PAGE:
Surname: Landon Sims
Position: starting pitcher
Acquired: 2022 MLB Draft, Competitive Balance Round A (34), $2.347M signing bonus
Tool: Fastball 65, Slider 70, Changeup 40, Command 50, Overall 50
Sims has an explosive fastball with a high spin rate and carry at the top of the zone that’s in the mid 90’s and tops out at around 98 MPH. He also handles arguably the best slider in the Diamondbacks system, averaging mid-80s with lots of late and horizontal sweep. Those two pitches are already double blinking and are good enough to become a big league pitcher. His move is well behind his other two spots but will be key for him to develop if he wants to be a big league starter. He might consider adding a fourth pitch to use as a backup against lefties if the switch never develops.
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As far as makeup goes, Sims gets an 80’s due to his competitive rabid nature and how he controls the pace at bats. Rob Friedman, known as Pitching Ninja on Twitter, calls him a pace-of-the-game enforcer.
Estimated Time Of Arrival: 2025
Risk: Very high
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2022 at a glance
After a successful run as a closer for a National Champion Mississippi State Squad, Sims was named her Friday night starter in 2022. He made three electrifying starts and went 0-2 with a 2.87 ERA and a 27/2 strikeout to walk ratio in 15.2 innings. During his March 11 start against Tulane, he tore the ulnar collateral ligament in his right elbow and required surgery from Tommy John three days later. He was one of many college poor who went down with a significant arm injury in the 2022 draft class, causing his stock to drop from a potential top 10 pick to 34th pick. The D-Backs called his name with the 34th overall pick, trying to buy cheap a pitcher who will either start or close in the big leagues.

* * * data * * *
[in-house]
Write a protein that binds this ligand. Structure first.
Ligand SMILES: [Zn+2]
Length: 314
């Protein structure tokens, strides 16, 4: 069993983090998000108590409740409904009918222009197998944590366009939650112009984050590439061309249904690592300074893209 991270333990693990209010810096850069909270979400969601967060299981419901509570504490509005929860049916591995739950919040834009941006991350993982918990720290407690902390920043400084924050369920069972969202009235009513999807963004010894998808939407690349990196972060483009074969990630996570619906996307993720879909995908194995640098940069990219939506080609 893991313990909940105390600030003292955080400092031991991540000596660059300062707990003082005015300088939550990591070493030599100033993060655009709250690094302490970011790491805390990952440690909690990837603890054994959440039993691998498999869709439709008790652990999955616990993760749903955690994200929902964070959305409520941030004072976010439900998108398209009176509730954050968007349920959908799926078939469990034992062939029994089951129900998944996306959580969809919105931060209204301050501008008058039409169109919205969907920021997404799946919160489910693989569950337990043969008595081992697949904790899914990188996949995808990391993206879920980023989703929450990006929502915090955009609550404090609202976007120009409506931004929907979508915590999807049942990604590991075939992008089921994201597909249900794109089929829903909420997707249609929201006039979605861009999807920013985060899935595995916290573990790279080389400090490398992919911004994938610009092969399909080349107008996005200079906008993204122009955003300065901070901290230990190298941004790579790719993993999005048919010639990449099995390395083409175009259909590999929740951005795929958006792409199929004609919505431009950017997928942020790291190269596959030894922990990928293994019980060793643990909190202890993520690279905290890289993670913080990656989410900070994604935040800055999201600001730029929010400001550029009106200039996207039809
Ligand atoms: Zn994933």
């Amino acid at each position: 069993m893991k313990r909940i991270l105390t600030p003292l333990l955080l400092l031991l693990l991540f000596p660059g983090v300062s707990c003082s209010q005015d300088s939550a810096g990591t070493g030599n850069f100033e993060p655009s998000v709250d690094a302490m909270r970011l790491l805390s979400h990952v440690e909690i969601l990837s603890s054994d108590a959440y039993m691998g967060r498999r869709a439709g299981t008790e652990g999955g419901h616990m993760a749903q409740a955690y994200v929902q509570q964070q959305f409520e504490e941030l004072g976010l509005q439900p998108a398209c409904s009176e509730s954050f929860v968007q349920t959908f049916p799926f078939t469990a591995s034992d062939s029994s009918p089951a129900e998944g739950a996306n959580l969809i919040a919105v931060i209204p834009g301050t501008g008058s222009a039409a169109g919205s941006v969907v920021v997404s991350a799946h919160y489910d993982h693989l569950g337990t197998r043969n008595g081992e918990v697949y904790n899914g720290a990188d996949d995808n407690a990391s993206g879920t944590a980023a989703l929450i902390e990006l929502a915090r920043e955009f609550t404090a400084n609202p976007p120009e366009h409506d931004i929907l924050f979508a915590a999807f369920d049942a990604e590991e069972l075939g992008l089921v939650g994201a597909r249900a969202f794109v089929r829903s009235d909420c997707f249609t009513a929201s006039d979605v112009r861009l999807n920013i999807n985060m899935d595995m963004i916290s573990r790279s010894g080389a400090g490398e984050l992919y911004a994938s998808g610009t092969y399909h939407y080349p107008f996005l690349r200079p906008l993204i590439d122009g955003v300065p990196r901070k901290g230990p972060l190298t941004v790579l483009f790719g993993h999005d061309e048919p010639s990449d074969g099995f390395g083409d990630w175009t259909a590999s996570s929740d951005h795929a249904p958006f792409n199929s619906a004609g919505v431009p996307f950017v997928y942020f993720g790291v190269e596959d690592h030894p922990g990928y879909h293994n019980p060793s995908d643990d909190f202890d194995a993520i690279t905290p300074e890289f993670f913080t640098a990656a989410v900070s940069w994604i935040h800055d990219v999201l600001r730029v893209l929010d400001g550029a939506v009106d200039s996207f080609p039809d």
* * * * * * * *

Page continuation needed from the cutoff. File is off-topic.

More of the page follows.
2023 at a glance
Sims is likely to complete his rehab and return to the mound early in the 2023 season. Player development staff will carefully monitor their workload, which can add up to around 80-90 innings. The goal will be to get him to at least 150 innings by 2025 so he can work his way into a big league starter workload. He can start the year with Low-A Visalia to see how his stuff looks for a few starts before stepping up to High-A Hillsboro for most of the season. I wouldn’t be shocked to see his season end with Double-A Amarillo to create a challenging environment for him.
Sims is a difficult long-term projection right now, but the two most likely outcomes would like to be included in the big league list. If he stays injury-free and successfully puts up to 150 innings in the 2025 season, he’ll likely end up in the middle of the rotational arm with an elite two-pitch mix of fastball and sliders with the occasional switch. If there’s even one injury that causes him to miss a lot of time and not be able to catch up in the Arizona Fall League, the D-backs could look to quickly get him back into a high-leverage helper . I have no doubt Sims will become a key pitcher for the D-Backs if he’s healthy, the only question is whether he starts or finishes games.